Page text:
A week into being self-employed, I wrote about how I’d found the previous three years working from home. It was a chance to debunk some myths and settle a bet with an HR director. The article was published by Management Today.
It’s one o’clock, I’ve been at my laptop for five hours and I’m ready for a break. I need conversation. Across the office, I catch the eye of my only colleague. I walk over, fondly press his hand – well, paw actually – and he delivers my favourite conversational opener: “Got any jelly babies?”
Even if you don’t have a life-size talking Basil Brush to keep you company, if you work from home then you’ll know where I’m coming from. There are times for home-workers when the exam-like intensity of your day leaves you desperate for human contact. Fox contact, even.
But surely home working is every weary commuter’s dream? Well, no. Regular week-long home working can easily become a nightmare. I’m glad to have left it behind. On paper, I was the perfect home worker: disciplined, self-motivated and conscientious. But you also need to be happy working in isolation, able to survive without a daily fix of office chat.
I thought that was me. After three years’ working at home, I knew it was not. It wasn’t so much the gossip I missed; it was the interacting.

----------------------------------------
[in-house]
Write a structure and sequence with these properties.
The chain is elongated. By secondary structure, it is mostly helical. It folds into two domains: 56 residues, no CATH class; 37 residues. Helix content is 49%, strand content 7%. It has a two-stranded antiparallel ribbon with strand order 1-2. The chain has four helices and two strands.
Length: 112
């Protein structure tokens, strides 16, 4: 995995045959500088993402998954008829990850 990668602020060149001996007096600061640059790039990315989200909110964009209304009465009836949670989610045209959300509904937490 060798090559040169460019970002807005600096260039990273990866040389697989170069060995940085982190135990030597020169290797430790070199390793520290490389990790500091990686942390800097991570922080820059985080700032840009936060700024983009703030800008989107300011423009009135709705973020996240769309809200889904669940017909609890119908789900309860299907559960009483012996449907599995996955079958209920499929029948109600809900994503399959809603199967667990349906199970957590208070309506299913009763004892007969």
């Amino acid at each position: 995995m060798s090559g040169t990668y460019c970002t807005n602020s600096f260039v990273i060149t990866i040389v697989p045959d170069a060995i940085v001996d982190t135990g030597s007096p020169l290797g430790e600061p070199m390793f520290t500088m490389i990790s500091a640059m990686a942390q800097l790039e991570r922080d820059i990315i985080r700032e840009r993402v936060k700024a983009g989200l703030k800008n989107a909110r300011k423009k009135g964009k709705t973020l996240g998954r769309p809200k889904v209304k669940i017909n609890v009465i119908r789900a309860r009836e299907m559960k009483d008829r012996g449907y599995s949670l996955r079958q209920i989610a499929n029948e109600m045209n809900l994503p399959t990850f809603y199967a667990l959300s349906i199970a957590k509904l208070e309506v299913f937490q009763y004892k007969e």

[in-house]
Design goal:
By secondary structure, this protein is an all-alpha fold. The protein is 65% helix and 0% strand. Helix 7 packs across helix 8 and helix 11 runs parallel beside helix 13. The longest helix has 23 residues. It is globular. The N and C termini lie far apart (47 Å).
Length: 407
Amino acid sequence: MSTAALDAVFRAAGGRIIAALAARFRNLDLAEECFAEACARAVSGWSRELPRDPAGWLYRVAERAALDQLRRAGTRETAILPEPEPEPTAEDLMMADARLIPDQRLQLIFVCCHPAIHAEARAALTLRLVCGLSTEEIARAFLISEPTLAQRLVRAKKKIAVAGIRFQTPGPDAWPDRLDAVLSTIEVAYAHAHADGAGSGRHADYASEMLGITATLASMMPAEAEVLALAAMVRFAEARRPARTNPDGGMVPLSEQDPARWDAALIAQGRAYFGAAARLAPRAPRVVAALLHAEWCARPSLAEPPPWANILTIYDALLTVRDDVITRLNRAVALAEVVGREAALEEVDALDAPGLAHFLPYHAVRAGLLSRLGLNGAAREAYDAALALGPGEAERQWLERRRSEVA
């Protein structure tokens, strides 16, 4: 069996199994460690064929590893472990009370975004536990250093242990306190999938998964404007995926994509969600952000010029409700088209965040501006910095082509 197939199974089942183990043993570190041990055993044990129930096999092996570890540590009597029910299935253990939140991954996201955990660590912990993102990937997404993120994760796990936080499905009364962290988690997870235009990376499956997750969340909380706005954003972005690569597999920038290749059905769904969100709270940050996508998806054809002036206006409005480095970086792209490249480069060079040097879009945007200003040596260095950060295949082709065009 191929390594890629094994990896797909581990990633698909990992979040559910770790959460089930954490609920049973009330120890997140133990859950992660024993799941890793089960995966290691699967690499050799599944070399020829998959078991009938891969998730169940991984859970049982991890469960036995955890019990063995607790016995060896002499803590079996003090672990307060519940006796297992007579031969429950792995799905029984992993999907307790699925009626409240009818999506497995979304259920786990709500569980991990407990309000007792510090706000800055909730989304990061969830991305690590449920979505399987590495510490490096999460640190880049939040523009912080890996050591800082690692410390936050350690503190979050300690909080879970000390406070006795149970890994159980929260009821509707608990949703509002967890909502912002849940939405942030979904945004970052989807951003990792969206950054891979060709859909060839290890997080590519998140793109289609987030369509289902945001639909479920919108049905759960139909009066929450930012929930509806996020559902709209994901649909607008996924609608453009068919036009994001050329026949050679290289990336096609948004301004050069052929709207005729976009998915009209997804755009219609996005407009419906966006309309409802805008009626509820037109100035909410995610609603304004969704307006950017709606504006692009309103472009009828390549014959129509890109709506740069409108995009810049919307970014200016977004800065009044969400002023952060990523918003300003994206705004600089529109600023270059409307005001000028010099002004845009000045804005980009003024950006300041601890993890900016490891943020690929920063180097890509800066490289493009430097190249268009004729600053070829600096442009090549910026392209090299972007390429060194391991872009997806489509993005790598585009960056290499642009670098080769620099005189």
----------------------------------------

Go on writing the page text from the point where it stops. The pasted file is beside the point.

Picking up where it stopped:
I found I’d lost the knack. When you spend 10 hours a day bonding with a laptop in a room on your own, you don’t have a rich fund of stories with which to entertain your friends.
But why should that matter to your employers? You’re probably 25% more productive, they’re saving several grand a year on your desk space, and few of us are ever too sick to crawl across the hall to get to work.
I’ve heard the CIO of a big blue-chip company describe his utopia: a world where we can get information any time, any place, and where the office is redundant. We’ve got the technology cracked. So that leaves us with the hard bit: searching for a way to survive and thrive with almost zero social interaction. Because if employers want creative, problem-solving team players, maybe solitary confinement, although it might boost the balance sheet, isn’t the best answer.
You can have creative thoughts and solve problems on your own, but batting ideas around with colleagues in the same room is often so much better.
Pressures that drag you down when you’re on your own lighten or disappear when you laugh about them with others. Feeling part of a team helps get you through the day.
Occasional forays into the office don’t give you the fix you need. You either hog the floor, delirious at the chance to speak, or wonder what everyone is talking about because you were sitting at home when the topic under discussion last had an airing.
And many organisations find they have managers who are ill-equipped to cope with home workers. Trust is the hurdle, not technology. Yet trust is not the biggest challenge firms face. If home working is to be a success, then they need to be smarter at understanding the long-term effects on people’s health and well-being.
Working on your own, all day, every day, will wear down even the most resilient and spirited individual. Many full-time home-workers say they feel forgotten and undervalued as a result of their isolation. Or could that be paranoia? That’s another home-working hazard.
Image: Rosemary Eatherden